A simple question would suffice to emphasise the absurdity of the matter: Would passengers risk their lives to travel in planes, if only one plane out of 100 is tested before use? What I gather is that the two gas companies have been cunning enough to work out an escape route using the Minister and the CAA. What is hilarious is that this insistence has come from the Minister and the CAA, and this illogical compliance would be a manna from heaven for the two companies, to abdicate their responsibility in the event of a calamity. This obnoxious requirement would no doubt raise suspicions regarding the quality of the gas cylinder, under the new system. Testing one cylinder out of 100 amounts to an infirm and ad hoc substitute, for what should have been a 100 percent final quality test. Similar explosions are inevitable if the proposed testing criterion is allowed.

Compensating victims

According to a Sinhala newspaper, the total number of domestic gas explosions has exceeded 400, and the consumers would undoubtedly demand compensation for personnel and property damages, such as kitchen utensils and equipment. Not only the Minister in charge of Consumer Affairs, but also some of the key ministers have openly declared that it is the sole responsibility of the two gas companies to compensate the consumers. Civil organisation, National Movement for the Protection of Consumer Rights (NMPCR), has commenced an agitation campaign for the compensation of victims. Consequently, the two gas companies have an inalienable duty to compensate the victims without delay.

But it appears that gas companies are attempting to shirk this responsibility by denying payment. Former BASL President, U.R.L de. Silva, commenting to a popular TV news channel, expressed that the victims of gas explosions could seek justice through district courts, claiming compensation. He is claimed to be a consultant to the Minister of Justice, and we are unsure whether merely expressing the legal opinion is the stance the government should take. In such an event, the poor consumer will have to recourse to litigation to claim compensation, which is a cumbersome process. At a time when the poor consumer is making every effort to dull pangs of hunger due to the skyrocketing cost of living, this will be an additional burden on the hapless victims.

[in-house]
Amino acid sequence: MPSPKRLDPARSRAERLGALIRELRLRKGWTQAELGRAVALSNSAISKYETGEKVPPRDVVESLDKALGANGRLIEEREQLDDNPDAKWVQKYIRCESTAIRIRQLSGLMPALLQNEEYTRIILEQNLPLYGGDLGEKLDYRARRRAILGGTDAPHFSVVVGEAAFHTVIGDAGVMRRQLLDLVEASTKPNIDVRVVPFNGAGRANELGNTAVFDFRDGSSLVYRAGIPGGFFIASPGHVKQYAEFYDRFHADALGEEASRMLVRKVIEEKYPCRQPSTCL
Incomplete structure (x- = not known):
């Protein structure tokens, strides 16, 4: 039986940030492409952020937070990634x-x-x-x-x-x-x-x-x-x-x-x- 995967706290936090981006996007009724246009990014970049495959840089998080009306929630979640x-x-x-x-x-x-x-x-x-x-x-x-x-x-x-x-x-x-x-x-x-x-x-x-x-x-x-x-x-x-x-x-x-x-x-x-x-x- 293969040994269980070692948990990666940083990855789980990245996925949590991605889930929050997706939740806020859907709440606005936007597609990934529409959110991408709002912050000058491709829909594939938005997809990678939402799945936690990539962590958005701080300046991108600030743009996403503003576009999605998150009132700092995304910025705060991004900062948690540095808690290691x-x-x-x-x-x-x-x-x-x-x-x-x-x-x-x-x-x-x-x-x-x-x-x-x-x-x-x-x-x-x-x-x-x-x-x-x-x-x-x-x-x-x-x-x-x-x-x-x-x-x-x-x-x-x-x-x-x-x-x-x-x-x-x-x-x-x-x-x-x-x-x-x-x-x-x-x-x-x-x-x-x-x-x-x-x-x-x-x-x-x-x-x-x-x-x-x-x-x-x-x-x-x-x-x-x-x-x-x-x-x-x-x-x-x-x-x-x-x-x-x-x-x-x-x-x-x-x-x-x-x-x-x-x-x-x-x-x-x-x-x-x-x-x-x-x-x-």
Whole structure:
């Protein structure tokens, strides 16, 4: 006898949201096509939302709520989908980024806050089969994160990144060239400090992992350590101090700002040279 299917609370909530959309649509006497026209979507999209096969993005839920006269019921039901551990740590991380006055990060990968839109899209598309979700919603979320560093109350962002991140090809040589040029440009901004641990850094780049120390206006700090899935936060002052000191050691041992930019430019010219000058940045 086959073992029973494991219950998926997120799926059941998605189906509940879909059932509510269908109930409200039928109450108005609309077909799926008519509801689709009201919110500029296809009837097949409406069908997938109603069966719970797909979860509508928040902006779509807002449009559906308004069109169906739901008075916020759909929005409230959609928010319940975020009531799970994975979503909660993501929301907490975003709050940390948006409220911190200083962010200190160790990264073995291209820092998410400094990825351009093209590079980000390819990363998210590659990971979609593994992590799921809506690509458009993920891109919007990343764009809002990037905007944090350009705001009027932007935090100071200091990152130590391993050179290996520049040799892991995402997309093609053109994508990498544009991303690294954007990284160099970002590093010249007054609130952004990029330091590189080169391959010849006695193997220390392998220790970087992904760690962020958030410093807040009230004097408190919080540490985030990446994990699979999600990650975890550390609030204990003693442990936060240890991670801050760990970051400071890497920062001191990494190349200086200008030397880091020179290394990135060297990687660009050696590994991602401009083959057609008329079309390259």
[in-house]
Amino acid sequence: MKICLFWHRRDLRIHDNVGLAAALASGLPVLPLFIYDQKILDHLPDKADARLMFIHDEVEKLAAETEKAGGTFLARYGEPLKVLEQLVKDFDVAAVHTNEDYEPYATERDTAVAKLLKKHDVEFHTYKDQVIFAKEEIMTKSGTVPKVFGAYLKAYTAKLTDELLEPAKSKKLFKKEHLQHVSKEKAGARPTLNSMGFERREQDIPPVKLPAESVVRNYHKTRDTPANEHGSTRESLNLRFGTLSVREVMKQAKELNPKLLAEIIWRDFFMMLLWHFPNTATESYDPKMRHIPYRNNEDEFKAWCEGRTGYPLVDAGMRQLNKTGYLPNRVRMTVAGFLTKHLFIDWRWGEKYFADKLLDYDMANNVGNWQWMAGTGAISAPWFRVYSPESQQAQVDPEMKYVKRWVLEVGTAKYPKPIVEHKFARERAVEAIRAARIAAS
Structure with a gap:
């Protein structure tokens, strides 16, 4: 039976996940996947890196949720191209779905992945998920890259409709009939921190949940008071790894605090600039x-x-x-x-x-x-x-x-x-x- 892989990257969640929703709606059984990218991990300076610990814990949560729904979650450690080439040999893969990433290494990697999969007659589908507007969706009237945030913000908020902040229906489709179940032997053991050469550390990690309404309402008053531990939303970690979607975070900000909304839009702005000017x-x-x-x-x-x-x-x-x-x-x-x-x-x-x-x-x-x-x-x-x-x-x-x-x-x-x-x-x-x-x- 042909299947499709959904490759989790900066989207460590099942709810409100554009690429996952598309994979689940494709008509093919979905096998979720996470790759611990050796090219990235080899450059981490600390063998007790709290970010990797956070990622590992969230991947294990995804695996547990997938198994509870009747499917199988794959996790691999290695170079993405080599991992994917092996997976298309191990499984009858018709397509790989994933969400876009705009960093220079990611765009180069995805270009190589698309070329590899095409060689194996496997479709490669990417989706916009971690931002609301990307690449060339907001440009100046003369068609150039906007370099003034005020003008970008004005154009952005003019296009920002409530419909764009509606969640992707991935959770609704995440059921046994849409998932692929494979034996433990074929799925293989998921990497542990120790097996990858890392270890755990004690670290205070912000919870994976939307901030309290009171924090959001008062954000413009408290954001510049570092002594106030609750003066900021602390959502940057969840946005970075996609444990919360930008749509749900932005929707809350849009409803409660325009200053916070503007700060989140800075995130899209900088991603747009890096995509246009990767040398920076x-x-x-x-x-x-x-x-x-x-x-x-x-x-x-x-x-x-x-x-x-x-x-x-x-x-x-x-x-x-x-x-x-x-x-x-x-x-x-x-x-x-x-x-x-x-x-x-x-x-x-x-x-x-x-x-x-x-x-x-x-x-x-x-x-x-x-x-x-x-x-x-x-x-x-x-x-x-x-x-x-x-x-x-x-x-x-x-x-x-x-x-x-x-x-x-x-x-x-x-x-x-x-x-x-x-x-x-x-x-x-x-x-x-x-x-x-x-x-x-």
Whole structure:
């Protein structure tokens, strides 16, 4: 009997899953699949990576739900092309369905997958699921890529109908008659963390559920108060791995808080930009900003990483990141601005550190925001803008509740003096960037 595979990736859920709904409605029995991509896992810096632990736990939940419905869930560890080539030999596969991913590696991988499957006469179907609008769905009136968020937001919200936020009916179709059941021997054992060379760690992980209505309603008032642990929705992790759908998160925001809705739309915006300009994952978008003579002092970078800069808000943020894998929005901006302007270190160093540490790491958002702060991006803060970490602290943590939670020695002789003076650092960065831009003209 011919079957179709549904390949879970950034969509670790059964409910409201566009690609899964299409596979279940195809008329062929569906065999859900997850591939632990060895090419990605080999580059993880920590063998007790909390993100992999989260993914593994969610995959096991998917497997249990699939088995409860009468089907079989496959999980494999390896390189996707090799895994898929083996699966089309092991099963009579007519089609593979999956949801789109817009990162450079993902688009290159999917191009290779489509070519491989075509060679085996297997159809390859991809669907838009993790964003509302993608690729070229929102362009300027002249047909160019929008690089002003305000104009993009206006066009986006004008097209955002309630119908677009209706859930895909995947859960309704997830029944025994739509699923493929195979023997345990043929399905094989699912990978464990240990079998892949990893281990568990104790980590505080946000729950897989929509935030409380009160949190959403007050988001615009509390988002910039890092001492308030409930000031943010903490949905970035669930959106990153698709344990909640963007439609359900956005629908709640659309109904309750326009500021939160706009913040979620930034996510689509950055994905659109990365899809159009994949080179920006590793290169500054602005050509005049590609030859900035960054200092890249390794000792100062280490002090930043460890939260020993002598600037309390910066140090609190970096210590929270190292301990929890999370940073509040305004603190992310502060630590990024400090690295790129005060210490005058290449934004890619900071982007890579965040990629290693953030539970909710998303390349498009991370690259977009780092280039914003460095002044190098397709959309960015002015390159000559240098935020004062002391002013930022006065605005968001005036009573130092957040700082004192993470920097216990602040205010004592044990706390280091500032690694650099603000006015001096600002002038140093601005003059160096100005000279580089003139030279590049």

Litro Gas, which has a rich history as a market leader, has so far not expressed their intention to deny compensation. If compensation claims are denied, this unresolved situation would create unrest in the country. Consequently, they have an inviolable duty to honour these claims, without causing any embarrassment to the government, at this juncture. It should be mentioned here that this company has already created a precedent by paying compensation to the value of Rs 185,000, to my neighbour, a respected gentleman and owner of Multi Kitchens (Pvt) Ltd., living in Kandewatta Road, Nawala, for damages to the house caused by a gas explosion a few years ago, which destroyed his roof, pantry cupboards, kitchen utensils and other paraphernalia. It is fervently hoped that Litro Gas would honour the claims of the victims without hesitation, in keeping with the precedents already set.

Irresponsible utterances

On November 30, the President appointed an eight-member expert committee to investigate the spate of gas cylinder explosions and fires, and recommend broader solutions to arrest this unhealthy trend. In the absence of any stipulated terms of reference, the so-called expert committee has the latitude to propose a wide range of remedial measures. As a matter of priority, it should be ascertained why this change in the composition of LPG, that has already led to fatal injuries and damages to property, had been made. Surely, if the expert committee carefully studies the minutes of board meetings and management committee meetings, the exact truth would come to light. It may be possible that the two gas companies obtained the consent of the ministry to switch to the new ratio. If this was an arbitrary decision on the part of the two companies, it should be highlighted.